Tax Hacks 2012: 3 Ways to Supercharge Your Refund

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Getting a fat check from Uncle Sam is nice, but using it to create a bigger refund check next year is even nicer.

The average tax refund last year was more than $2,900, according to the IRS.

If you’re one of the lucky recipients, you know there are many ways to spend that cash, and we’ll cover several ideas – good and bad – in our ongoing Tax Hacks series. But if your refund is on the way, consider this before using it: There are ways to make that refund do double duty by helping out now and improving your tax situation next year.

In the video below, Money Talks News founder and CPA Stacy Johnson offers a few ideas to supercharge your next tax refund with this year’s. Check it out, and then read on for more details…

Stacy uses this strategy himself, and it paid off big last year: He picked up a $1,500 energy tax credit after investing his 2010 refund on a high-efficiency AC unit. His electric bill has been an average of $100 a month lower ever since.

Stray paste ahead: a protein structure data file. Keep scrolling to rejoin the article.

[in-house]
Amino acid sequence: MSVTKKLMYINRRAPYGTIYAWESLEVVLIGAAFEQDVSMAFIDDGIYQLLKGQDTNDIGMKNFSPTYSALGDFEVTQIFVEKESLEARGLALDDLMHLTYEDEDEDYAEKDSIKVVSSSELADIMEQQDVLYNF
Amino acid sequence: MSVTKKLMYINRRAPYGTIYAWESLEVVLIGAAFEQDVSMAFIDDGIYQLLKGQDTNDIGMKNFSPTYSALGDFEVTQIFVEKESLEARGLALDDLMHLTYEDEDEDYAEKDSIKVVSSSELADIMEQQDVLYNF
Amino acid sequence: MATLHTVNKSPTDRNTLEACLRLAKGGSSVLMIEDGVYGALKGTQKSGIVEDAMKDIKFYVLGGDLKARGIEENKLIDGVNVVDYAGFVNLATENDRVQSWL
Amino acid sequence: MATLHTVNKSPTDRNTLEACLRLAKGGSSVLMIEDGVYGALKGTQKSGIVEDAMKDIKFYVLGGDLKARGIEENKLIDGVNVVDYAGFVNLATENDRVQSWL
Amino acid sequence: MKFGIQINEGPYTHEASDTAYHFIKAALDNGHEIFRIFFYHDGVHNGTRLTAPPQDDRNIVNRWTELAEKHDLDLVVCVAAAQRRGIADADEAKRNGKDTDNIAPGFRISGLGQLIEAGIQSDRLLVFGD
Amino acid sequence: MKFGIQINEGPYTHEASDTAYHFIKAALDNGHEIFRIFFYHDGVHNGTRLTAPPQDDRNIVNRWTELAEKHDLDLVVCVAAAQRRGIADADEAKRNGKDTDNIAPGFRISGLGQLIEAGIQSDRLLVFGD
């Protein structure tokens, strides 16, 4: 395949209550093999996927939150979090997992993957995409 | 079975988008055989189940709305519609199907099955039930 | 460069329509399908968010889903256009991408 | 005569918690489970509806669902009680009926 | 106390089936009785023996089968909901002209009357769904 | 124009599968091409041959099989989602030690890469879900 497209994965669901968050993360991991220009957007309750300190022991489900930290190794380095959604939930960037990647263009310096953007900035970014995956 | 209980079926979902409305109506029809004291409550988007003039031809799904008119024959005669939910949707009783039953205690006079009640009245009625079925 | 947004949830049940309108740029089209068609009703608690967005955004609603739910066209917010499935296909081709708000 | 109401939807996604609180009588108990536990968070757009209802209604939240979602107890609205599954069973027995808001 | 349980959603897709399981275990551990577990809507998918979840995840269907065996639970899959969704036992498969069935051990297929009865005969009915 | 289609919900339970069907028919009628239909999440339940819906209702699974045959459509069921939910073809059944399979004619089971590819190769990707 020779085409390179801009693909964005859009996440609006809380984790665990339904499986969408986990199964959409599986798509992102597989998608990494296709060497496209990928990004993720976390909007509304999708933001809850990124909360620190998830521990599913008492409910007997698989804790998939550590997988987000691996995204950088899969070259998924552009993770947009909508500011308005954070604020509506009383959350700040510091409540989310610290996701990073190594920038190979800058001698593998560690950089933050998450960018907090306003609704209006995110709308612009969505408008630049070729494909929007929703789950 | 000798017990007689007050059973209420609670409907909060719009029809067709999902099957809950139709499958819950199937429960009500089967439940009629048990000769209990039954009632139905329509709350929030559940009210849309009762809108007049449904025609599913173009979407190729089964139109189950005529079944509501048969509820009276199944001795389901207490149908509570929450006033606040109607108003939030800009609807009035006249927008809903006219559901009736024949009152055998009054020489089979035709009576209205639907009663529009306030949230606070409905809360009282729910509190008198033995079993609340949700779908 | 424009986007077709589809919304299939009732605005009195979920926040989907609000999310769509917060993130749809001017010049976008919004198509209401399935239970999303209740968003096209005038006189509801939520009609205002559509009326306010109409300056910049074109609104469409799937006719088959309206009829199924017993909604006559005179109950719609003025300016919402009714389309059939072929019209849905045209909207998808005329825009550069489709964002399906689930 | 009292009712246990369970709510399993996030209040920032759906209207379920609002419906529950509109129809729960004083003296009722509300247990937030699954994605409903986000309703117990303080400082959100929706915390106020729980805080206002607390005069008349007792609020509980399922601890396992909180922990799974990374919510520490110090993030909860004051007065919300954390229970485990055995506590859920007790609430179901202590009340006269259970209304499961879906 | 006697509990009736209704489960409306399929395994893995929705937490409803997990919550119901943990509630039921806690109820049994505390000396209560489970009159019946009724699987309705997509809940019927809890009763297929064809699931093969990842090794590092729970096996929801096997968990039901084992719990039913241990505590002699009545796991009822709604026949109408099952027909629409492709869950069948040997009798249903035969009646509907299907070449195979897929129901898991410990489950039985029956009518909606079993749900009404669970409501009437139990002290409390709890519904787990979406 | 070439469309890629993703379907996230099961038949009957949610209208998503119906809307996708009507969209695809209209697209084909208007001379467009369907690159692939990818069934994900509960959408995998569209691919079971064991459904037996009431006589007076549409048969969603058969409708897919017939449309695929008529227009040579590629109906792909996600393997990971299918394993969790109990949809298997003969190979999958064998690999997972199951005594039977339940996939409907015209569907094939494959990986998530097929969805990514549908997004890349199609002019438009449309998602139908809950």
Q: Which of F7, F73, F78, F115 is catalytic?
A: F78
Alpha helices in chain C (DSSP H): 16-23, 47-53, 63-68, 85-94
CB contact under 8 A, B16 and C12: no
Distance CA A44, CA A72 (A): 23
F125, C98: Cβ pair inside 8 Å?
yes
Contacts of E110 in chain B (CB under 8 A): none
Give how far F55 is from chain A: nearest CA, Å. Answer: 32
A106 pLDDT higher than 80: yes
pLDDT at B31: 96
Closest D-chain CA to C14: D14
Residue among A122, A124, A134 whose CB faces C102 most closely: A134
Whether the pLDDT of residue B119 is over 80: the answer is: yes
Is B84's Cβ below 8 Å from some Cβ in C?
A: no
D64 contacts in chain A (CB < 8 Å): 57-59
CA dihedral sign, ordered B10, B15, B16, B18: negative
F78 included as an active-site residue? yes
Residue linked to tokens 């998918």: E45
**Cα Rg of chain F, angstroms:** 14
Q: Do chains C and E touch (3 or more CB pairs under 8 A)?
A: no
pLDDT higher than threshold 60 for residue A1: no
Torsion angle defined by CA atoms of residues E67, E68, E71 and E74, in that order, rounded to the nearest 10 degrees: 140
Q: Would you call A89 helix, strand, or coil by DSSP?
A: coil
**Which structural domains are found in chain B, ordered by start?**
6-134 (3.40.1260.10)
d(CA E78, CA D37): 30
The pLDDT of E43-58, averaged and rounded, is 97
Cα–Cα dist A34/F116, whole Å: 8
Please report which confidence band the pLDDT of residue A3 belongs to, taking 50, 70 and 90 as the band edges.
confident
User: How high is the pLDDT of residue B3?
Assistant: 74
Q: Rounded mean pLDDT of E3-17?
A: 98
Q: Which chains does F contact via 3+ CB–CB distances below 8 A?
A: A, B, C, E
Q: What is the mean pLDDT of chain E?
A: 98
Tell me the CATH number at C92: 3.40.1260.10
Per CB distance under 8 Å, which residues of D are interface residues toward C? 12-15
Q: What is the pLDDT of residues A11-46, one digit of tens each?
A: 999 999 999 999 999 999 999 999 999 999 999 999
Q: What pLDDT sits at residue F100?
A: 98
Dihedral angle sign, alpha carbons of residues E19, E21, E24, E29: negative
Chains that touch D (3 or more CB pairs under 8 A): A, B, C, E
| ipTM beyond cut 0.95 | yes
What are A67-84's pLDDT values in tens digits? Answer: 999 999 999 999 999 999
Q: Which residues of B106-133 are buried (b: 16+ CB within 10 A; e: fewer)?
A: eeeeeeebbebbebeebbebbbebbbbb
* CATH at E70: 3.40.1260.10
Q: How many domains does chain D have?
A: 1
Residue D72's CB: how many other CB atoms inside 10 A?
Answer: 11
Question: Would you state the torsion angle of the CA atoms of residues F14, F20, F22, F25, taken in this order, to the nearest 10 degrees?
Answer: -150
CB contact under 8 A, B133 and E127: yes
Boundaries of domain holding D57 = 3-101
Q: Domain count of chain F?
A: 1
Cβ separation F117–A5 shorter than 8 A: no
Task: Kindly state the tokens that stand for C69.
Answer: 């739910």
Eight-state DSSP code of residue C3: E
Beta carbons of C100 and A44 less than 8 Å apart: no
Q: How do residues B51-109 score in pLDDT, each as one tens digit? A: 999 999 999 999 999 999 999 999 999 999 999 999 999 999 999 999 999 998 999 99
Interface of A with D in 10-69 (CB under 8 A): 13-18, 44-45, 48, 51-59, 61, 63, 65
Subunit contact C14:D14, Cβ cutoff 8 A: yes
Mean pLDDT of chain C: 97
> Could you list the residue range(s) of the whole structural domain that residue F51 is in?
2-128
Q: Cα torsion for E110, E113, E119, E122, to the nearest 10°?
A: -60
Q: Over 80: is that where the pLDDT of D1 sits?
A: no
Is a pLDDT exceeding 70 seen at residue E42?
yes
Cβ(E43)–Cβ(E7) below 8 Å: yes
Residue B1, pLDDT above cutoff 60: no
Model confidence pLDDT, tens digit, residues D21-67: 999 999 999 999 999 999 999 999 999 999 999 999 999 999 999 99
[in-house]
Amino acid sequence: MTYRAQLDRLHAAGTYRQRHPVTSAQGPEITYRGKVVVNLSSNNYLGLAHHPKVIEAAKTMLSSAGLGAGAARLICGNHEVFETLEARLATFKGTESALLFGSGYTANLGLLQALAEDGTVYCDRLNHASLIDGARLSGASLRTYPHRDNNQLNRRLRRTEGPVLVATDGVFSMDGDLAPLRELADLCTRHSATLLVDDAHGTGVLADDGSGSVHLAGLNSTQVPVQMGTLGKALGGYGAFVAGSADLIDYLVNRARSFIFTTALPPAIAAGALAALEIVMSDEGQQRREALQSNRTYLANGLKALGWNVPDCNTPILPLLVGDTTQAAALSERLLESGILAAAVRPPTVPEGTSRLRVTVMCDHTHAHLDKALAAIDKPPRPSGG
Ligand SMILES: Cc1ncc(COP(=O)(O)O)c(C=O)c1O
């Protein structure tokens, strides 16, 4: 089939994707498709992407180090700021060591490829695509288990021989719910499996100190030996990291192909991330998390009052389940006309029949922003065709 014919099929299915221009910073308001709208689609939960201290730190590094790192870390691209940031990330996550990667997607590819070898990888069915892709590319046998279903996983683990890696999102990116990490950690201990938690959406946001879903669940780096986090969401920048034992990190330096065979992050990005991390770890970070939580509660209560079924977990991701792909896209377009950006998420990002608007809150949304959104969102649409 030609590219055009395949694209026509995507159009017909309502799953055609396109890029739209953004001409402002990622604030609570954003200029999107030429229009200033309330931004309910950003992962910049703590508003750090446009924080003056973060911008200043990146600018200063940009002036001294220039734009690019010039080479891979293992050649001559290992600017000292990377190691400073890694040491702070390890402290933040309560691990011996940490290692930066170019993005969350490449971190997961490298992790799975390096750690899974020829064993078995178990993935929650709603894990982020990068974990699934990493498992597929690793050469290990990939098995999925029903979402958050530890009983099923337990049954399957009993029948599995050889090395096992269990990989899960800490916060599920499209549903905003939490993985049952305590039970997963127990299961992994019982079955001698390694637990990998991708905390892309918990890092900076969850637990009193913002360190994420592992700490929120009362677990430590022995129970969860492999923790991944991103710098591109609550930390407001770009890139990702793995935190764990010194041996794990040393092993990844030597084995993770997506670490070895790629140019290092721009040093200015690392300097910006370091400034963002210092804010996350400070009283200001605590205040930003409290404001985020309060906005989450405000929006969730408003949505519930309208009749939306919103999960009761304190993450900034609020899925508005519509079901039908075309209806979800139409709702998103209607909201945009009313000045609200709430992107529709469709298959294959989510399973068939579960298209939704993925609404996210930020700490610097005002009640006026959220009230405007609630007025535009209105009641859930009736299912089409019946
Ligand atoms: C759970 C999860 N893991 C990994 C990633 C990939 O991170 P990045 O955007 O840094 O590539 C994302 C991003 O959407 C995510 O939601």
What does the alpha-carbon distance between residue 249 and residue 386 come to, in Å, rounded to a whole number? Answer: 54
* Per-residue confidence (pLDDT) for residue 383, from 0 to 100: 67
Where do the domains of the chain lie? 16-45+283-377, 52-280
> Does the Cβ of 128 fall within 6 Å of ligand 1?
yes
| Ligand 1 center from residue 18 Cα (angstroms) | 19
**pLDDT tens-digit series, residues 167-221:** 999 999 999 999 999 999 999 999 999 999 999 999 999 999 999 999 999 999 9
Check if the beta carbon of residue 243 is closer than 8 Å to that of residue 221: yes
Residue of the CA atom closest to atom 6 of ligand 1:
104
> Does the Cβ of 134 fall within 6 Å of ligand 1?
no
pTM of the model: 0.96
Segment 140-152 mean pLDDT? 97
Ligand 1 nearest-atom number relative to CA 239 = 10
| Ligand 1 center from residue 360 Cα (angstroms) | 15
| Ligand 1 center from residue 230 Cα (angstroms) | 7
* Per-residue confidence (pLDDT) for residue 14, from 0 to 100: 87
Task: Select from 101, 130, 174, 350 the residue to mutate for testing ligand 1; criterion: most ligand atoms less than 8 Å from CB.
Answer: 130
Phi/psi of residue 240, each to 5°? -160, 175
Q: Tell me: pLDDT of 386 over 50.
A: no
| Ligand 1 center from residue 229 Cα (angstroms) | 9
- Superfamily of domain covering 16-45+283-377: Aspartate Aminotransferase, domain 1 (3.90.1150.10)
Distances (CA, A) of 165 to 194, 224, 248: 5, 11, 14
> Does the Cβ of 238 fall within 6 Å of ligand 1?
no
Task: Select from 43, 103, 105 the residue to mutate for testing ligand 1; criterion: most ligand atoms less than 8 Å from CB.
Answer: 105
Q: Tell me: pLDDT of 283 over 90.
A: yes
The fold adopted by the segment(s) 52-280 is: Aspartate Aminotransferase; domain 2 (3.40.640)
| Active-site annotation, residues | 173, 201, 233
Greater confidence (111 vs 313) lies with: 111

While that particular credit is no longer available, there are still other options. Take a look at these ideas…

1. Alternative energy

The renewable energy tax credit available now is in some ways better than the one Stacy took advantage of last year. For starters, it’s not capped at $1,500 – you simply get a credit equal to 30 percent of whatever you spend. Plus, it applies to improvements you make to both your primary residence and second homes, although not rentals. And if you don’t want to invest in an upgrade this year, not to worry: The credit doesn’t expire until 2016.